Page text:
How Do We Judge Moral Character?
People may have a strong belief that they can determine right from wrong, but judgments about good moral character may not be so absolute.
According to research by Berkeley-Haas Associate Professor Clayton Critcher, people evaluate others’ moral character — being honest, principled, and virtuous — not simply by their deeds, but also by the context that determines how such decisions are made. Furthermore, the research found that what differentiates the characteristics of moral character (from positive yet nonmoral attributes) is that such qualities are non-negotiable in social relationships.
“Judgments about moral character are ultimately judgments about whether we trust and would be willing to invest in a person,” says Critcher.
This issue has particular importance today with the prevalence of political strife in the U.S., with disturbing incidents of duly authorized government or institutional authorities, many of them with legislative or legal authority, asking citizens or employees to commit amoral or unethical acts. And outside of any institutional or legal context, people are finding themselves in quandaries in their personal relationships based on the same dilemma posed in the research.
Critcher, writes about his findings in a recent book chapter, “What Do We Evaluate When We Evaluate Moral Character?” co-authored with Erik Helzer of the Johns Hopkins Carey Business School. The research was published in the Atlas of Moral Psychology.
The researchers asked: how do people detect whether good moral character is present? The findings suggest that people can do what is considered the wrong thing but actually be judged more moral for that decision. But how?
“For the CEO who sticks to a moral rule — even when we think a deviation could be justified — we are more confident he will behave in sensible, principled ways in the future,” says Critcher.
In one experiment by the researchers they asked 186 undergraduates to evaluate 40 positive personality traits by rating them on two dimensions: 1) how much each trait reflected moral character, and 2) whether the participants would or would not be willing to have a social relationship with someone who lacked that quality.
“The two dimensions were correlated at .87, which means the two are almost the same thing. It is about the highest correlation I have ever seen in psychological research,” Critcher says. “What makes moral traits special is that their absence is a deal breaker, even when compared to qualities that the participants deemed just as positive.”
But did people see these traits as essential because they were seen to be moral? The research team answered that question by leading people to construe the exact same trait as either moral or nonmoral. Research participants were shown 13 traits that the researchers deemed ambiguously moral (e.g., reasonable). Some participants were first exposed to traits that were clearly non-moral (e.g., imaginative); afterward, they found the ambiguous traits morally relevant. In contrast, other participants who first saw traits that were clearly moral (e.g., honorable) deemed the ambiguous traits as non-moral.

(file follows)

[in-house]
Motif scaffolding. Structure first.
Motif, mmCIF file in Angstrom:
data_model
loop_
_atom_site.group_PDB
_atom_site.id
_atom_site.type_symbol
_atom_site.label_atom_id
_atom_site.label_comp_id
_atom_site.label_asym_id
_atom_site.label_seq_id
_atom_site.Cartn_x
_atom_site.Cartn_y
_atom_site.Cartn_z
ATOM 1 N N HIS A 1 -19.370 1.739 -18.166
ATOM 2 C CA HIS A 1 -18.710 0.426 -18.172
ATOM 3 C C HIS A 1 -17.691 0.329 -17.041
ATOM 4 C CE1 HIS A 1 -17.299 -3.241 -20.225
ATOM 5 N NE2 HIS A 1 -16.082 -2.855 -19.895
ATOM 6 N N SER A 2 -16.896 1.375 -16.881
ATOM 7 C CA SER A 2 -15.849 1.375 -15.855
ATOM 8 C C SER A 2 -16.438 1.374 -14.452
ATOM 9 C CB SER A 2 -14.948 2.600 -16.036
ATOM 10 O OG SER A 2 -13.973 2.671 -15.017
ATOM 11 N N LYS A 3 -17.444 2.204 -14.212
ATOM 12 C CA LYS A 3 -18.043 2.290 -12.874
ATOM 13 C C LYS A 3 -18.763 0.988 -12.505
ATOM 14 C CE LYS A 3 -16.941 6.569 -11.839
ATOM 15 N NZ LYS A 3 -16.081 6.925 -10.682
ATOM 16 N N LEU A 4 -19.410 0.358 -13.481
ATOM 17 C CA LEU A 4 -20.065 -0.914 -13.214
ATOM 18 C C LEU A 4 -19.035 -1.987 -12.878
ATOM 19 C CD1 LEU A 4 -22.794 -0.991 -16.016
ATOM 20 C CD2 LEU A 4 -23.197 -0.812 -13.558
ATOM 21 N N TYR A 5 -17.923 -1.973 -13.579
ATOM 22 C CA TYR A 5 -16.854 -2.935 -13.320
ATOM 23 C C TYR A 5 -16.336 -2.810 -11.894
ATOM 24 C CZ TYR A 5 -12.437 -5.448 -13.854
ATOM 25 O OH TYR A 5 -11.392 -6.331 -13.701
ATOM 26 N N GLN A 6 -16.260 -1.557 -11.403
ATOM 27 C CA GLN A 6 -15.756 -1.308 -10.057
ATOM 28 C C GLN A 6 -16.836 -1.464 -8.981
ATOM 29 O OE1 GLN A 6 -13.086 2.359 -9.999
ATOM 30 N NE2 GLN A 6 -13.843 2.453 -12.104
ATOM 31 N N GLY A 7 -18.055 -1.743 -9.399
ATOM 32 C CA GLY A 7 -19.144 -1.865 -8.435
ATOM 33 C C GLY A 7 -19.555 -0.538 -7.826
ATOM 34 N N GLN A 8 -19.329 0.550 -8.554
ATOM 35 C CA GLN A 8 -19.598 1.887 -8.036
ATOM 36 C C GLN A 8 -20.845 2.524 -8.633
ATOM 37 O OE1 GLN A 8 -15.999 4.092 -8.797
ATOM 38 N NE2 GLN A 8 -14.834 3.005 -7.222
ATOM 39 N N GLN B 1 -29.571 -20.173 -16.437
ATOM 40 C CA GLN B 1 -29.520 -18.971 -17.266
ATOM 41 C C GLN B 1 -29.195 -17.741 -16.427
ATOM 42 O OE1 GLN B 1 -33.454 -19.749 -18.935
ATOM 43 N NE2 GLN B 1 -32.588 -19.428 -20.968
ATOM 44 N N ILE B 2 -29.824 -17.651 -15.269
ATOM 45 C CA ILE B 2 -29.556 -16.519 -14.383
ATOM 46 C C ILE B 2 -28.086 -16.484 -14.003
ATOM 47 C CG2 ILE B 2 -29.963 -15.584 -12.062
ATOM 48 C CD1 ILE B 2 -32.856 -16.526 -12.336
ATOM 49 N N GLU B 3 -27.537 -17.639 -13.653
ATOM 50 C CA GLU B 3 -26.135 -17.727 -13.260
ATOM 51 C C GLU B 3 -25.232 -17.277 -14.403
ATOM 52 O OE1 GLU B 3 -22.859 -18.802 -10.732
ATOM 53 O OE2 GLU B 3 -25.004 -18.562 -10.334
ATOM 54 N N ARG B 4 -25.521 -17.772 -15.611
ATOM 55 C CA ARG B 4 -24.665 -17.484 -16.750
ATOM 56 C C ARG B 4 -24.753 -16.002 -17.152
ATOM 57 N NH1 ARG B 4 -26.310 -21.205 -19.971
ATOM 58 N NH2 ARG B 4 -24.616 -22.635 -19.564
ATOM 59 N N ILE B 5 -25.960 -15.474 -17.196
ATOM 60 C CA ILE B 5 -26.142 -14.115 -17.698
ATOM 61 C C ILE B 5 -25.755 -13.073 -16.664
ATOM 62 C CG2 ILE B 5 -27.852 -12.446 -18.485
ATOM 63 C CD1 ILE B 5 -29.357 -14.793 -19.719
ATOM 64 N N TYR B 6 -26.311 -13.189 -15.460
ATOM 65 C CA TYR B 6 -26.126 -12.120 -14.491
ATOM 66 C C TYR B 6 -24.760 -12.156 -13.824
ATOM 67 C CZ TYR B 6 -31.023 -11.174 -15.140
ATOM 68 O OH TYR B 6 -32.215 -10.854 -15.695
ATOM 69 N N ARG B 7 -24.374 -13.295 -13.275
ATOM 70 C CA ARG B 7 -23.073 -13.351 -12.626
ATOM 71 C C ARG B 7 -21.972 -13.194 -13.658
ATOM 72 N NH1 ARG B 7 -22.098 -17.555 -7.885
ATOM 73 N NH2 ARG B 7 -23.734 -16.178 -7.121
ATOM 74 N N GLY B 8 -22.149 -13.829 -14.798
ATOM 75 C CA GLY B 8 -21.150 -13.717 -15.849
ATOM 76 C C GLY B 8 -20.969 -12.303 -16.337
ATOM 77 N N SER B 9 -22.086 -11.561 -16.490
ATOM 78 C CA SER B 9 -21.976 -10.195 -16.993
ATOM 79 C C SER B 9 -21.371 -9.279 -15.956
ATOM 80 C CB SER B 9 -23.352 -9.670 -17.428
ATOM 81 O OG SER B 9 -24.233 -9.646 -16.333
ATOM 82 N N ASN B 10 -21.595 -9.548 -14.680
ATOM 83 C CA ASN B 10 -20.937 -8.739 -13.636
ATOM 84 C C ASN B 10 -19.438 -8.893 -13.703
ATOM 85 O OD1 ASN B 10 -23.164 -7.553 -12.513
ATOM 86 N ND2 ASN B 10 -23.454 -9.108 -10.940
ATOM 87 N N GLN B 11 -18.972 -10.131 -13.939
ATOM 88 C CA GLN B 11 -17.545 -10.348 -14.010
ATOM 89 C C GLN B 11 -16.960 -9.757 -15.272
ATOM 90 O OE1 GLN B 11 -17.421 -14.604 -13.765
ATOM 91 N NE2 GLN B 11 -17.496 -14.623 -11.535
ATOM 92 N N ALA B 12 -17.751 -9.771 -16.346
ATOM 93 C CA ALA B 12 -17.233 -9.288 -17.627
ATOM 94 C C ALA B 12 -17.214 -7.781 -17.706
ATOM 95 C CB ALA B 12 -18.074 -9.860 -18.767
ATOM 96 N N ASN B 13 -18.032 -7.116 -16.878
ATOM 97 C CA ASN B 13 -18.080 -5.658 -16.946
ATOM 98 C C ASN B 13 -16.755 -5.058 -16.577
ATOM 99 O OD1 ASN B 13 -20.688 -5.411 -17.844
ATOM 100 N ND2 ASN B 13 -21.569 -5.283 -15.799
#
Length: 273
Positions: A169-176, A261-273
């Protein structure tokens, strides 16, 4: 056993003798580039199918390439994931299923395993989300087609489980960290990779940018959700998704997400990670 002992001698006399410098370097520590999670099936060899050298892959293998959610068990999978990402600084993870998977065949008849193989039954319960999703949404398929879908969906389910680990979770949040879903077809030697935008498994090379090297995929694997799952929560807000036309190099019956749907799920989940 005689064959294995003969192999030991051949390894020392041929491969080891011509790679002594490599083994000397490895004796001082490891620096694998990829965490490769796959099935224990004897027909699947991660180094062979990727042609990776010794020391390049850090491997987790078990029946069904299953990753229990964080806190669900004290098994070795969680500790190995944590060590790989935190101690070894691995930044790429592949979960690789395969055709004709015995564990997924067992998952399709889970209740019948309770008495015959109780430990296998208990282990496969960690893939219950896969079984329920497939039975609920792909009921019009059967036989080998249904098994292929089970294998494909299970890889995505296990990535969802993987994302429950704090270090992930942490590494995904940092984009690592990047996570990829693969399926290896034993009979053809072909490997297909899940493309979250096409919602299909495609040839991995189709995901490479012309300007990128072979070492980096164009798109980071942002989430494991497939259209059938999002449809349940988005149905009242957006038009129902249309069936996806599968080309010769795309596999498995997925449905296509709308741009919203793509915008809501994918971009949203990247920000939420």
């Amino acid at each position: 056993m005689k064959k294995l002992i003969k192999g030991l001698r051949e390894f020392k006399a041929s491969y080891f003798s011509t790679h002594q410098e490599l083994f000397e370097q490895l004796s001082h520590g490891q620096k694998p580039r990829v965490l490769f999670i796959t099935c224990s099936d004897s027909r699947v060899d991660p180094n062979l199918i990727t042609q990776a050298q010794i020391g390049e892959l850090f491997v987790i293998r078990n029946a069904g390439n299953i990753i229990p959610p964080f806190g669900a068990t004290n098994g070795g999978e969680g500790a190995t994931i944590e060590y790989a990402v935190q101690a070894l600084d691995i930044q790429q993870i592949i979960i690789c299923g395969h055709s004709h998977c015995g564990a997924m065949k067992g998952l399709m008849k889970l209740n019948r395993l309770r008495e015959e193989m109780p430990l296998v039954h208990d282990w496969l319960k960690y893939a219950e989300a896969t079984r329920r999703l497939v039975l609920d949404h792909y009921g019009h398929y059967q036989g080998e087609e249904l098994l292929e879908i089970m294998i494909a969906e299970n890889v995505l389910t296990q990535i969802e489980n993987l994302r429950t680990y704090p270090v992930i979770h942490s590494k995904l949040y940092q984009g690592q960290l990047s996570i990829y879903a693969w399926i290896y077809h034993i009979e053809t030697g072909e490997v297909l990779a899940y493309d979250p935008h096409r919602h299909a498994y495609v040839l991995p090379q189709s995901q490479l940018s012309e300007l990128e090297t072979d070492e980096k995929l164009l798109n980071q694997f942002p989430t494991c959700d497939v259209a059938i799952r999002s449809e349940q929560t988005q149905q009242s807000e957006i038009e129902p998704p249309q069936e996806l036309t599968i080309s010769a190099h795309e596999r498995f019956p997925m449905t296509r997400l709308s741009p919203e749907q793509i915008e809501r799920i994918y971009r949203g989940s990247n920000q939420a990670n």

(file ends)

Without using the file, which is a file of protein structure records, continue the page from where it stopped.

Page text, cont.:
Inducing people to see these 13 ambiguous qualities as more moral also caused them to deem these qualities as more essential for their social relationships. In short, participants considered good moral character to be synonymous with justifying a social investment.
The researchers argued that if people don’t want to invest in others who lack moral character, how do they ever learn whether new potential relationship partners have that requisite character? Perhaps people escape this dilemma by assuming the best about an individual’s moral character until they learn otherwise.
“When we first meet someone, we can directly observe their attractiveness, and a short conversation can reveal a lot about their basic social graces, but typically their moral character is not on direct display. In fact, learning if someone is trustworthy often requires us to trust them first,” says Critcher.
To that end, a third experiment revealed how optimism about an individual’s moral character helps people avoid this conundrum.
“When people first meet someone, they tend to give them the benefit of the doubt when it comes to morality. People don’t start with the same optimism about their sense of humor, musical, or intellectual ability,” says Critcher. “It’s an adaptive optimism–one that encourages us to operate on enough faith that we can at least learn whether they are worthy of a social investment–until they prove us wrong.”
The full, open access research paper “What do we evaluate when we evaluate moral character?” by Erik G. Helzer and CLayton R. Critcher is available online.
In my book, Toxic Bosses: Practical Wisdom For Developing Wise, Ethical and Moral Leaders, I devote an entire section to questions of ethical and moral leadership.